The difficulty of interdisciplinary work is to do with the fact that interaction within core groups of scientists depends on a shared language and the languages are different as one moves from narrow specialty to narrow specialty. This can cause confusion because the same words may be used in the different languages though they have different meanings. This is not always the case. There are ‘hypernormal’ sciences such as molecular biology where the language is settled by the time a PhD is completed and one finds that the same puzzles are being solved everywhere. This means expertise can be found wherever one finds the science and it ranges from research laboratories to industrial firms and even to automated procedures with the science being computerisable. Sciences like physics, on the other hand, are continually developing new languages at the research front so small specialist groups cannot talk to each other. The key to knowing whether members of one group can provide their referred expertise to another group’s work, assuming there is no time to acquire the new ‘practice language’ (interactional expertise), is the level of the contribution. For example, a high energy physicist can supply big-science management skills, or mathematical analysis, to gravitational wave physicists or telescope designers but can only supply an understanding of the relationship between signal and noise or design principles, once the relevant practice languages have been acquired. The ‘Periodic Table of Expertise’ and the ‘Fractal Model of Society’ provide the framework for understanding these points.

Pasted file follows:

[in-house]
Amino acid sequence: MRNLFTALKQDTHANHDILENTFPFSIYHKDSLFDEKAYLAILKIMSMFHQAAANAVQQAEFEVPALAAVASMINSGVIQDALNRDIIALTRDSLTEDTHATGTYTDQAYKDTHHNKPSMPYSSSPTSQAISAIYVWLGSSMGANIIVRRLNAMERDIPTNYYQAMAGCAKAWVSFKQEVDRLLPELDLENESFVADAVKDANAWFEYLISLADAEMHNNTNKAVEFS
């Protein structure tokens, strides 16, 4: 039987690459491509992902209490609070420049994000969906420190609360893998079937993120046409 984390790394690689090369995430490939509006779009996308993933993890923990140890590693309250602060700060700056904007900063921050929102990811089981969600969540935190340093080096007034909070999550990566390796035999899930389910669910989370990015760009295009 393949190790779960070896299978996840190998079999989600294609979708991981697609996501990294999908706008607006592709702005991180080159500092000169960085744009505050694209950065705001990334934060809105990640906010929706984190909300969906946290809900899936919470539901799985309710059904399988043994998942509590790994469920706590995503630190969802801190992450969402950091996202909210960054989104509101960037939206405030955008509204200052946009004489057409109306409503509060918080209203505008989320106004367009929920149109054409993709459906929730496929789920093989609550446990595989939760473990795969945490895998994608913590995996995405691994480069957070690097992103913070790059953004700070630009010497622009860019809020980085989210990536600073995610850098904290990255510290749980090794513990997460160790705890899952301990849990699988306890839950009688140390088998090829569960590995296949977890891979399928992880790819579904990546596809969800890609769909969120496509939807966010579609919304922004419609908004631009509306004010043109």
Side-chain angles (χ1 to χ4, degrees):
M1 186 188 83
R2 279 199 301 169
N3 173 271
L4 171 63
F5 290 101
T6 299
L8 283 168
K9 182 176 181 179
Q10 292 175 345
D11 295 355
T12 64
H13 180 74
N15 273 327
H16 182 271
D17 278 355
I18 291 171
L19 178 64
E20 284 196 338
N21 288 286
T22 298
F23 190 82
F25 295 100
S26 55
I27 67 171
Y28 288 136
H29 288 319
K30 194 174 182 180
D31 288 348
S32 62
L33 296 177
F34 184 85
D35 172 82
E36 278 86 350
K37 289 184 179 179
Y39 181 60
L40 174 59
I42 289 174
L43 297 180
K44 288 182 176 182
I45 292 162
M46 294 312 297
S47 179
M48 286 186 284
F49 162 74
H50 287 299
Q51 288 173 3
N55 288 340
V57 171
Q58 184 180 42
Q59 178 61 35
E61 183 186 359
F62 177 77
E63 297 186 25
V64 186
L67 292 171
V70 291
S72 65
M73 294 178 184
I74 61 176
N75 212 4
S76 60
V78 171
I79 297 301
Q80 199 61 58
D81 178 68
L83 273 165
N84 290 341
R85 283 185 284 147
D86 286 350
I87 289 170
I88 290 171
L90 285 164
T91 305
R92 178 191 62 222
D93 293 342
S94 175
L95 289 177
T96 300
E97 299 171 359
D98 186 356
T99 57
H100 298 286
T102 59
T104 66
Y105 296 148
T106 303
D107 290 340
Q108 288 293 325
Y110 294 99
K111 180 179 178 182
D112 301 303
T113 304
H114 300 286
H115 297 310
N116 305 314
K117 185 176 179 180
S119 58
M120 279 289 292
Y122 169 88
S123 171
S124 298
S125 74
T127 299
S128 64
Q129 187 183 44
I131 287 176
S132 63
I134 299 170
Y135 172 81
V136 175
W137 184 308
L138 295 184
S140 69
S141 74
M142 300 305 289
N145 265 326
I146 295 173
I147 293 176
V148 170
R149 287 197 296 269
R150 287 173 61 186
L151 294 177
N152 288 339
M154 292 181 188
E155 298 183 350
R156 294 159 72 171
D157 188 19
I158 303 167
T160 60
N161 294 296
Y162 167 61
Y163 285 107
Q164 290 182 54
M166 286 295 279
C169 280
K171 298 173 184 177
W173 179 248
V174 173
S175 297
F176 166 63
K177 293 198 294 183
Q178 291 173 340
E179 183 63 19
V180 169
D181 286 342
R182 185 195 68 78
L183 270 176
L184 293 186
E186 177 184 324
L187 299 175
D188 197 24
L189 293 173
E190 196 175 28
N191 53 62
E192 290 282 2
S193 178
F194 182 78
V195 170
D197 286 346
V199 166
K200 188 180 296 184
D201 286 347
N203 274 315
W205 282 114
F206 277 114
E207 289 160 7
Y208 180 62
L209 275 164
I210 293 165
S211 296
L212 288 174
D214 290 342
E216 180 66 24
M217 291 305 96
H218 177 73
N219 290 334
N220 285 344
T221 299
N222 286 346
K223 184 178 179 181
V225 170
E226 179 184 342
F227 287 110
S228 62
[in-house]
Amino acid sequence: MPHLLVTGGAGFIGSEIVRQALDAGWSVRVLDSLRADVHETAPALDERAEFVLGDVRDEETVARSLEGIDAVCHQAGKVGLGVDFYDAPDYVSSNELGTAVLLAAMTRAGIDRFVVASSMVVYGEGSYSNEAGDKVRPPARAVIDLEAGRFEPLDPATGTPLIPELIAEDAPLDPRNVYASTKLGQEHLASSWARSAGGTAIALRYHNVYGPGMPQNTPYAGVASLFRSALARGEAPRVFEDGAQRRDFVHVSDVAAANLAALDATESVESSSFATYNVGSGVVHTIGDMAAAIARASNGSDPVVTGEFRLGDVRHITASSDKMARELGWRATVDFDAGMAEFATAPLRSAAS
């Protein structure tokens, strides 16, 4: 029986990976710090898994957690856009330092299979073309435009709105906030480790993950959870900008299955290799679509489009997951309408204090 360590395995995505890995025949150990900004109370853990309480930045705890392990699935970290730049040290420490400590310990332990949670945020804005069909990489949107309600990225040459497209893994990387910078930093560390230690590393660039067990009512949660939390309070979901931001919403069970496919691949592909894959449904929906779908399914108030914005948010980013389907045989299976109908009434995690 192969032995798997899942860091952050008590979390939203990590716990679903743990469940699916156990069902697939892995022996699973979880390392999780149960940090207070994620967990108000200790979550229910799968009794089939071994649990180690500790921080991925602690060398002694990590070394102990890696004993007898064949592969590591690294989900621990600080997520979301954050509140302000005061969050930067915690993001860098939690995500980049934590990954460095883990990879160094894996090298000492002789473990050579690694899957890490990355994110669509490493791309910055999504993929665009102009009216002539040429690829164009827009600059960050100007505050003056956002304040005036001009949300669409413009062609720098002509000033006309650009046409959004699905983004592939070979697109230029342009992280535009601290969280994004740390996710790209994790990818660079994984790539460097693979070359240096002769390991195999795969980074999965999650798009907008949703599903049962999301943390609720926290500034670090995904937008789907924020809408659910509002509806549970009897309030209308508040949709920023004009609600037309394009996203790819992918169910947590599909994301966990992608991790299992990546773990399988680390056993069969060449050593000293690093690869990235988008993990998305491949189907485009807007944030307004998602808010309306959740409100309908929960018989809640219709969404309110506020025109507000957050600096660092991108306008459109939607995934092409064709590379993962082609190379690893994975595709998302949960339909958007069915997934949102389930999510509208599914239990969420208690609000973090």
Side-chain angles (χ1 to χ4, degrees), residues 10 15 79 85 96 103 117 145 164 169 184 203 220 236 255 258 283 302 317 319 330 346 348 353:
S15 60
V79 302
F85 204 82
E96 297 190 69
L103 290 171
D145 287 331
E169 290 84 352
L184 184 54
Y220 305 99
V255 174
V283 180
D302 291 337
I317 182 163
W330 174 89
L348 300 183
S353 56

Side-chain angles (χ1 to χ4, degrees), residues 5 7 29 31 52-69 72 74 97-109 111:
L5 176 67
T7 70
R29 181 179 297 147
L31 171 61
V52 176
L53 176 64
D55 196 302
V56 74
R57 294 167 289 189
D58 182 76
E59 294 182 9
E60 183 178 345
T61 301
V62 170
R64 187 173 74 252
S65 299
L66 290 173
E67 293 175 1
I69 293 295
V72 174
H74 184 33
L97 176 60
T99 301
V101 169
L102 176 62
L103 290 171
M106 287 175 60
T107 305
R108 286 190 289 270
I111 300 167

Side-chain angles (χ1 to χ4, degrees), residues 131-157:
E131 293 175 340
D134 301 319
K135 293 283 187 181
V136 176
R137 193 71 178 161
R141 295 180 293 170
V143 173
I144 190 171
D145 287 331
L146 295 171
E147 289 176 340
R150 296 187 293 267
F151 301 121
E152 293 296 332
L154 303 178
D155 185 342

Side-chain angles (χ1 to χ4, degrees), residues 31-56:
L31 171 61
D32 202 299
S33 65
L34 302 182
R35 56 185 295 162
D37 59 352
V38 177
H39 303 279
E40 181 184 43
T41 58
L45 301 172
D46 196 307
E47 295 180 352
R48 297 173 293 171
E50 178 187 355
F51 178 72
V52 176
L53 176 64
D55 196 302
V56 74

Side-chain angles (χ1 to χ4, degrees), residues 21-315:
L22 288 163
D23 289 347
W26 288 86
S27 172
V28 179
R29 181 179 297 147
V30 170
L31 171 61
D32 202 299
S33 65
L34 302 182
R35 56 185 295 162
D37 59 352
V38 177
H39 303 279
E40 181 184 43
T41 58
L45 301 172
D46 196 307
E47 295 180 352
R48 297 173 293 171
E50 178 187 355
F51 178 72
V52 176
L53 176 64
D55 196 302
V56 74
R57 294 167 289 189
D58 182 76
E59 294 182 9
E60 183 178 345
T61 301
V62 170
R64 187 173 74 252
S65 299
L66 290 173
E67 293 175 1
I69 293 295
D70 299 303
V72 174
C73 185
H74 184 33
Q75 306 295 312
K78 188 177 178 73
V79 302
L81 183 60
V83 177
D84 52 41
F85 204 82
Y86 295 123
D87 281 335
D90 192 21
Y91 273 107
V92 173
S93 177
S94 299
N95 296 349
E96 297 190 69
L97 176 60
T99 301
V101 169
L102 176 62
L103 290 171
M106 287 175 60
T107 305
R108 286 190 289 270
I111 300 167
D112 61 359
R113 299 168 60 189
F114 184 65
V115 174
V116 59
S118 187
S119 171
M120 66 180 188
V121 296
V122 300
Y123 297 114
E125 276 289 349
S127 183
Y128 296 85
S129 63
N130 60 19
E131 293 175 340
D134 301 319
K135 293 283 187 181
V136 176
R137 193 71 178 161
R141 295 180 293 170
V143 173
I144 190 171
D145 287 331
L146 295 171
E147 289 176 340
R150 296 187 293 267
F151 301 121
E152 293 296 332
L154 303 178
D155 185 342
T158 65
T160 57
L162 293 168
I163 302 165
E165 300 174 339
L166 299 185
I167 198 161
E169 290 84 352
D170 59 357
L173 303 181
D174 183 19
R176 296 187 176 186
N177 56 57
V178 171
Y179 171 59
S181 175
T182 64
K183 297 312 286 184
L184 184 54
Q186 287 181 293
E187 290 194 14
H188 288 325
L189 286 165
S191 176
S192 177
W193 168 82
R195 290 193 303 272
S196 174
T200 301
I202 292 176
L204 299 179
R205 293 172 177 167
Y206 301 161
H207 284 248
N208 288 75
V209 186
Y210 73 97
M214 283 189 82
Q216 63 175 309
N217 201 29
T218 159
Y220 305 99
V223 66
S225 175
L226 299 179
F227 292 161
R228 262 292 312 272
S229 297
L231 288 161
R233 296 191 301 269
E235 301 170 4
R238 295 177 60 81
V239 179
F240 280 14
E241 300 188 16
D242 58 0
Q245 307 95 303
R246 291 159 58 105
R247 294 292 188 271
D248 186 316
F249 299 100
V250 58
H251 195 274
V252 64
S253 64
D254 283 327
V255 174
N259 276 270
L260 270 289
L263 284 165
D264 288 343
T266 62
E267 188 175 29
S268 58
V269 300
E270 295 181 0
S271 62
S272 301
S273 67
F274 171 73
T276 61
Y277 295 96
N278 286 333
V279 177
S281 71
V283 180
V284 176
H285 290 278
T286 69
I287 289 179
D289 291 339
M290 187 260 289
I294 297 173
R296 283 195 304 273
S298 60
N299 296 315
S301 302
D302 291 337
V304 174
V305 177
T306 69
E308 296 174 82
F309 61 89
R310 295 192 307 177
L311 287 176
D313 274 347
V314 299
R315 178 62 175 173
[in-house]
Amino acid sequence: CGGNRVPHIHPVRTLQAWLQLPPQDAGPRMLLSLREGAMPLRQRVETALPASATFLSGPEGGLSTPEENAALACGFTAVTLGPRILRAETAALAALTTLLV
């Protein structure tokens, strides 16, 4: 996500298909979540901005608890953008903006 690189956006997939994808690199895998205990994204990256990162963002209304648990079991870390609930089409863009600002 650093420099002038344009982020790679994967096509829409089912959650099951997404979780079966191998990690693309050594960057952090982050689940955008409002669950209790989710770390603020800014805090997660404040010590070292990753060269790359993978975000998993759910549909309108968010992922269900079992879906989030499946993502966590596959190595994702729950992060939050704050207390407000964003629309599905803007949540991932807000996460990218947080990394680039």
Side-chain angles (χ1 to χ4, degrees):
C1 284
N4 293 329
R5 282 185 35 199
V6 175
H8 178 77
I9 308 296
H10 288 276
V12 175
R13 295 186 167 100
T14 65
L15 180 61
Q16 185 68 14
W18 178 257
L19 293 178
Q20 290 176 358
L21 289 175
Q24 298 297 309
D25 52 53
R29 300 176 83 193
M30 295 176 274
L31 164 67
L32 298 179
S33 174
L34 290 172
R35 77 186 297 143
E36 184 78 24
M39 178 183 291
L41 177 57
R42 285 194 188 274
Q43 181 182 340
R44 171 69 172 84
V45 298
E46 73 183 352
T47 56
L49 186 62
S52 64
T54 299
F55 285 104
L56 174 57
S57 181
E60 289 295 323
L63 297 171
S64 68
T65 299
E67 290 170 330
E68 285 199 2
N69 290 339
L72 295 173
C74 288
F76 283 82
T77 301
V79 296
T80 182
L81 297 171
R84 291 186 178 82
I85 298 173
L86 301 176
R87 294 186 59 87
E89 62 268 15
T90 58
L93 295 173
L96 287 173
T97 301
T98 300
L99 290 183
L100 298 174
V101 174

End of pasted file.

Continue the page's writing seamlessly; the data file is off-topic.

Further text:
Joe Roussos & Erik Angner, Stockholm University

Epistemic humility

In previous work, we have articulated the idea of epistemic humility in terms of calibration – as a matter finding the golden mean between under- and overconfidence – and examined several reasons why epistemic humility (so understood) is appropriate, esp. in the context of scientists acting as experts in policy contexts. In our current work, we revisit this conception and these reasons. We examine the apparent tension between being epistemically humble and giving decisive guidance as an advisor. Humility does promote cautious communication, and messages with greater uncertainty. But it is a mistake to think that this damages the position of the advisee. Instead, we maintain it is what they ought to prefer.